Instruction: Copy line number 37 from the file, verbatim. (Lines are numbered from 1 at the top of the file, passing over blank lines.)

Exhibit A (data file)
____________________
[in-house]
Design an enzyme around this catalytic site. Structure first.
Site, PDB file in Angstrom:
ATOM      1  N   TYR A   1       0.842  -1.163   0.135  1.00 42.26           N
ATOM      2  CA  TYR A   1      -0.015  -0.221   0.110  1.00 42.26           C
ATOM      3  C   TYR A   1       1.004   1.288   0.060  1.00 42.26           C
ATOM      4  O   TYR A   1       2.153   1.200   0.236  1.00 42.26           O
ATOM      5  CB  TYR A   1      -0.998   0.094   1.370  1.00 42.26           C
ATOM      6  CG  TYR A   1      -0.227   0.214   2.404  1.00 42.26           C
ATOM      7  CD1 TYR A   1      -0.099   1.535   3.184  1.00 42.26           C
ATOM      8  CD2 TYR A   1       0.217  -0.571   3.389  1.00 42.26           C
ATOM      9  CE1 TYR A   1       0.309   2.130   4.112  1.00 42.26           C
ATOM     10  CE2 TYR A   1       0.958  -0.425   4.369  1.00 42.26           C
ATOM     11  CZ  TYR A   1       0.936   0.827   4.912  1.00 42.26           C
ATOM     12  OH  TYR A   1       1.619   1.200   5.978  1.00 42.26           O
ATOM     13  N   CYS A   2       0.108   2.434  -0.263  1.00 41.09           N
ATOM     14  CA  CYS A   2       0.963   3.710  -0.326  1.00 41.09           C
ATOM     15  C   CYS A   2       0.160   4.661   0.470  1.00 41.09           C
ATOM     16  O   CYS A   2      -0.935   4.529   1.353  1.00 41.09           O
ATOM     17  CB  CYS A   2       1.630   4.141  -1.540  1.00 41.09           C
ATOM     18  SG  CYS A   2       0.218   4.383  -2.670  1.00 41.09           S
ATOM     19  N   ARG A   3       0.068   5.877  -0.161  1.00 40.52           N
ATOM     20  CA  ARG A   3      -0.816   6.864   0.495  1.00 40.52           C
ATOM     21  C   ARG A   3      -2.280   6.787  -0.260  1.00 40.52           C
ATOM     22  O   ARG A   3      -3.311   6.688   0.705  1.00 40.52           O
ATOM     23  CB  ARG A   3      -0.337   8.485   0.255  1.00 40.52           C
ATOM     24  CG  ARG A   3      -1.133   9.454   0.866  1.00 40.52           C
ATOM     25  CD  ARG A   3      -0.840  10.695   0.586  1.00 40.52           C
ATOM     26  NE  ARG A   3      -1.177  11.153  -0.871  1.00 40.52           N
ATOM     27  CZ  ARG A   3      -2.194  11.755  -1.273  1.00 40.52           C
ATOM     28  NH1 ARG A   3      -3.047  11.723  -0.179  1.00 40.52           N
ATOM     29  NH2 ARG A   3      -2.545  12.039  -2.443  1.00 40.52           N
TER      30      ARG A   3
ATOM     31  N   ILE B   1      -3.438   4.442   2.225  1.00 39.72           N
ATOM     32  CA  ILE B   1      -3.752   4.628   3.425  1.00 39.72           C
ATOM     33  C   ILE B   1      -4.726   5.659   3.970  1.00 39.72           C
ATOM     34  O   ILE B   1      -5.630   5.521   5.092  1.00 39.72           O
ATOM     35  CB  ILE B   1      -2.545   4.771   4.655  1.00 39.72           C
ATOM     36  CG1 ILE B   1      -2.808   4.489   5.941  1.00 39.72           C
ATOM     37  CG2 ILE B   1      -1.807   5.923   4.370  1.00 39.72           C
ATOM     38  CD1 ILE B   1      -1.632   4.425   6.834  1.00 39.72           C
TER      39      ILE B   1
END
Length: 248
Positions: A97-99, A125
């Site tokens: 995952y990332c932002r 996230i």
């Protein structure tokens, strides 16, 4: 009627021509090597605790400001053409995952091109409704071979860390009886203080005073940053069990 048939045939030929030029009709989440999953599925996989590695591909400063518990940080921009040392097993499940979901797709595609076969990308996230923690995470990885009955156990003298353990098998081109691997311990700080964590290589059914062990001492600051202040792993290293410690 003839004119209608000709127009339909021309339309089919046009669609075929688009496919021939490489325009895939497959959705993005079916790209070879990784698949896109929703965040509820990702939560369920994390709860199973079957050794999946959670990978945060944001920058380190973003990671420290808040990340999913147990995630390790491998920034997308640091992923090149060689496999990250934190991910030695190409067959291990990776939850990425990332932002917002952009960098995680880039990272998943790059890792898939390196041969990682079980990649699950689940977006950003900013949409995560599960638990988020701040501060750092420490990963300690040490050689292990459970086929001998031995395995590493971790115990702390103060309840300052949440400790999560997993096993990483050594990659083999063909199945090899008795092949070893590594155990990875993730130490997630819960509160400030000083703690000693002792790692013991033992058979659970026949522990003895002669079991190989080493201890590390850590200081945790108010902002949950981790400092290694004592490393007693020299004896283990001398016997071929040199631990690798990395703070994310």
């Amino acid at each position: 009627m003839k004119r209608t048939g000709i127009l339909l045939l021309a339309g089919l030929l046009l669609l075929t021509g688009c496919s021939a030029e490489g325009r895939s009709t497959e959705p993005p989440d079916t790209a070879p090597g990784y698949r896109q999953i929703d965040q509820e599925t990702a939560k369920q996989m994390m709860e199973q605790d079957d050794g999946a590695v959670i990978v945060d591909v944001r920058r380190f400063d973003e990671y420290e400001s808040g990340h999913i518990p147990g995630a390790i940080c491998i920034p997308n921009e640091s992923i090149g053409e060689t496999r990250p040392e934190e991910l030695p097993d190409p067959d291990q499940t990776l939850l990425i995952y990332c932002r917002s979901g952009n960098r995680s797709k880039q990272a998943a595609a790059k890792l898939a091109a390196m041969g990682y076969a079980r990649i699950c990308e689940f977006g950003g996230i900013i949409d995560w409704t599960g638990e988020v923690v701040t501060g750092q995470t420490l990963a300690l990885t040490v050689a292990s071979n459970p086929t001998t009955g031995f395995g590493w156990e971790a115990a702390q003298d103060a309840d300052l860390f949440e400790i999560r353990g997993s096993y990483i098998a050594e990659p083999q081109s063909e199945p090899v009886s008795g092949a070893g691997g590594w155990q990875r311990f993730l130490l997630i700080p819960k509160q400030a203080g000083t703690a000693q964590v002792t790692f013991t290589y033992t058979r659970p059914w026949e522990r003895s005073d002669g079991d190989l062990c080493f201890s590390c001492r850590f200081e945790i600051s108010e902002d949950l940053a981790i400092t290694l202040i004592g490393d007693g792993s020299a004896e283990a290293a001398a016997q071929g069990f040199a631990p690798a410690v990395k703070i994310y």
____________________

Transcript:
ATOM     34  O   ILE B   1      -5.630   5.521   5.092  1.00 39.72           O